India took a significant stride towards gender equality this week as Prime Minister Narendra Modi, during a special parliamentary session, unveiled a bill that aims to reserve one-third of
seats in the more influential lower house and state legislative assemblies for women. Modi, while introducing the Nari Shakti Vandan Adhiniyam, or Women’s Reservation Bill, declared this momentous occasion, saying, “This is a historic moment, this is a moment of pride for us.”
A similar bill was initially proposed in September 1996, with successive Indian governments attempting but failing to pass it into law due to strong opposition from conservative heartland
parties. In 2010, Mulayam Singh Yadav, a leader of the socialist Samajwadi Party, voiced the sentiment of wanting reservations for women from minority and backward classes before endorsing such a bill: “We are not anti-women.”
After 27 years in the making, the Women’s Reservation Bill achieved near-unanimous approval in the lower house on Wednesday, before smoothly passing through the upper house late Thursday. The bill now awaits the President's signature to become law.
“U.N. Women applauds the passage of the bill," stated Kanta Singh, a country representative from the international agency, describing it as “one of the most progressive and transformative pieces of legislation that would bring women into the highest decision-making bodies." As per Reuters, women currently occupy a mere 15% of seats in the lower house, with only 82 out of 550 seats held by women. This number further decreases in the upper house, where women occupy just 12% of the seats, accounting for 31 out of 250. A 2015 Report on the Status of Women in India by the Ministry of Women and Child Development highlighted the dismal representation of women in parliament and state assemblies, especially in senior decision-making positions.
Apart from parliament, India has seen only one woman Prime Minister and two female Presidents since gaining independence in 1947. Furthermore, only 15 women have served as Chief Ministers. This record has placed India, often referred to as the world’s largest democracy, near the bottom of the global list concerning gender parity in legislatures. The country ranks 141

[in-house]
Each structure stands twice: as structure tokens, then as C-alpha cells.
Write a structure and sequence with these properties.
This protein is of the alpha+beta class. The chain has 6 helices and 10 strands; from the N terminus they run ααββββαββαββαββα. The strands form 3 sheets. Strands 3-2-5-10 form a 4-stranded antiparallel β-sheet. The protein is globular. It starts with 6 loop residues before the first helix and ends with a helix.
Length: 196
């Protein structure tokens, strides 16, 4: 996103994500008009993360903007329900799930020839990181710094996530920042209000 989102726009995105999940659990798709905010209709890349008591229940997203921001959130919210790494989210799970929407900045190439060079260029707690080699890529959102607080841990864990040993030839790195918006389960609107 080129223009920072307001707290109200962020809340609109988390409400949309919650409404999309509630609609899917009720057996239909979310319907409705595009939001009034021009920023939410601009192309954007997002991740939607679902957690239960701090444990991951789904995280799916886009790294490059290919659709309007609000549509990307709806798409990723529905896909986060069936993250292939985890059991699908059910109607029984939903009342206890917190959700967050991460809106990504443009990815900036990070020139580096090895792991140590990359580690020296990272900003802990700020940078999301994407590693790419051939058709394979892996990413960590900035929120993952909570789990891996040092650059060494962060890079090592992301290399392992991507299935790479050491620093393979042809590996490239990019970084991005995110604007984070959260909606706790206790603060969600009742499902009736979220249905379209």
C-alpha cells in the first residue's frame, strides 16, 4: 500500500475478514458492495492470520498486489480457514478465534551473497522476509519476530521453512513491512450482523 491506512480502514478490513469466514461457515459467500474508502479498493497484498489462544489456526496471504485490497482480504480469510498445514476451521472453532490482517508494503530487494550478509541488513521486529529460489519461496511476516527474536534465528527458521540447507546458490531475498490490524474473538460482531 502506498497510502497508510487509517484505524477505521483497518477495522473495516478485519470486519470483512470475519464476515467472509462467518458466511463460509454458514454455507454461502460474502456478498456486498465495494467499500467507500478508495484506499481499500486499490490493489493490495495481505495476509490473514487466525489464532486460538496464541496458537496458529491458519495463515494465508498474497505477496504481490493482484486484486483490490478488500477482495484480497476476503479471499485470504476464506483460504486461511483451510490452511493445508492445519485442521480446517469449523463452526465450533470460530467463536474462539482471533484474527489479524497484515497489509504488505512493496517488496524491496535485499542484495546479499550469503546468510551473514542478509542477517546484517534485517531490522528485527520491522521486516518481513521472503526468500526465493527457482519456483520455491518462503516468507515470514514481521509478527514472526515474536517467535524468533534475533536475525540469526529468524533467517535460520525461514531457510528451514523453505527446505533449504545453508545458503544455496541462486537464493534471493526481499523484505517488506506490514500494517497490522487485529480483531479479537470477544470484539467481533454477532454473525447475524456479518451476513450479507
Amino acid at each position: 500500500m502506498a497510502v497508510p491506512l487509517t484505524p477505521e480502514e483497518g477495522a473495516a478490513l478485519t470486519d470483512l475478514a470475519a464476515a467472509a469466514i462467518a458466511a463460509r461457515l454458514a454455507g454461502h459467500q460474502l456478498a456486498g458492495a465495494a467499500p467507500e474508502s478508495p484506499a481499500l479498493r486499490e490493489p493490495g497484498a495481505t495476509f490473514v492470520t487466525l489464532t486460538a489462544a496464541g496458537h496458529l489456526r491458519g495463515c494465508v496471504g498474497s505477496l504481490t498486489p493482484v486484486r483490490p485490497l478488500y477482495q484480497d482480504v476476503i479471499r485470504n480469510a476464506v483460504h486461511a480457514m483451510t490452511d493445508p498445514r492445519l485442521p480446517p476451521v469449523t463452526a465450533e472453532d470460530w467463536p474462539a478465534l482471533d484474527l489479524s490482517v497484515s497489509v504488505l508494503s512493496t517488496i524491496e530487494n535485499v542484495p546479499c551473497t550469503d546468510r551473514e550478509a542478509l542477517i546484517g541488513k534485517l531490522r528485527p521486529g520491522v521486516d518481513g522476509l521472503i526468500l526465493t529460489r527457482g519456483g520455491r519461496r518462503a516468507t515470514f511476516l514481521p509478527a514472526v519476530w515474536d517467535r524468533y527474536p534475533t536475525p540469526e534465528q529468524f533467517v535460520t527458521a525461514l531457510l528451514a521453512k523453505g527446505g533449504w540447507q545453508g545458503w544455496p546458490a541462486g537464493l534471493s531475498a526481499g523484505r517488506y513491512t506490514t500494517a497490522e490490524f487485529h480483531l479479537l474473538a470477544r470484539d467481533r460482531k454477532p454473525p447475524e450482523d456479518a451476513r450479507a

out of 185 in the World Economic Forum's latest Global Gender Gap Report.
Nevertheless, there has been a seven-fold increase in the number of women contesting elections since the 1950s. However, economist Shamika Ravi, a member of the Indian government’s Economic Advisory Council, notes that most women run as independent candidates and often face significant barriers to entering politics or assuming leadership roles, including the need for substantial campaign funding and political party backing.
Ravi believes that the new bill, which establishes a legally-binding target for the number of women lawmakers by 2029, will incentivize political parties to be more gender-inclusive and appoint more women to leadership positions.
This legislation comes at a time when women in India have been actively engaged as voters, constituting nearly half of India's 950 million registered voters—a number that has consistently grown over the last two decades. Studies have indicated that women tend to vote differently from men. For instance, in a 2005 hung election in the northern state of Bihar, Ravi found that women supported a new set of candidates, signaling a desire for change, while men generally voted for the status quo.
Supporters of the bill argue that quotas for women have already yielded positive results at the local level after their introduction in 1993. Ambar Kumar Ghosh from the Observer Researcher Foundation, a New Delhi-based think tank, notes that women now occupy around 44% of seats in local assemblies, showcasing significant progress in women’s political empowerment at the grassroots level. This achievement, Ghosh says, places India among the world’s leading nations in facilitating women's political empowerment at the local level, surpassing countries like France, the U.K., Germany, and Japan.
This landmark bill comes just months before India's next general elections, scheduled for May 2024, during which Modi will seek his third term in office. Its passage in the lower house sparked an eight-hour debate, with opposition parties, led by the Indian National Congress, engaged in a heated battle over who deserves credit for this historic legislation.
Sonia Gandhi, a former leader of Congress, asserted the bill as “ours”and stated,”I must say it be a victory for the Congress Party if the bill is finally passed.” Economist Shamika Ravi views this contention positively, suggesting that it signifies broad ownership of the idea of women’s reservation, potentially leading to increased opportunities for women from various political parties during election time.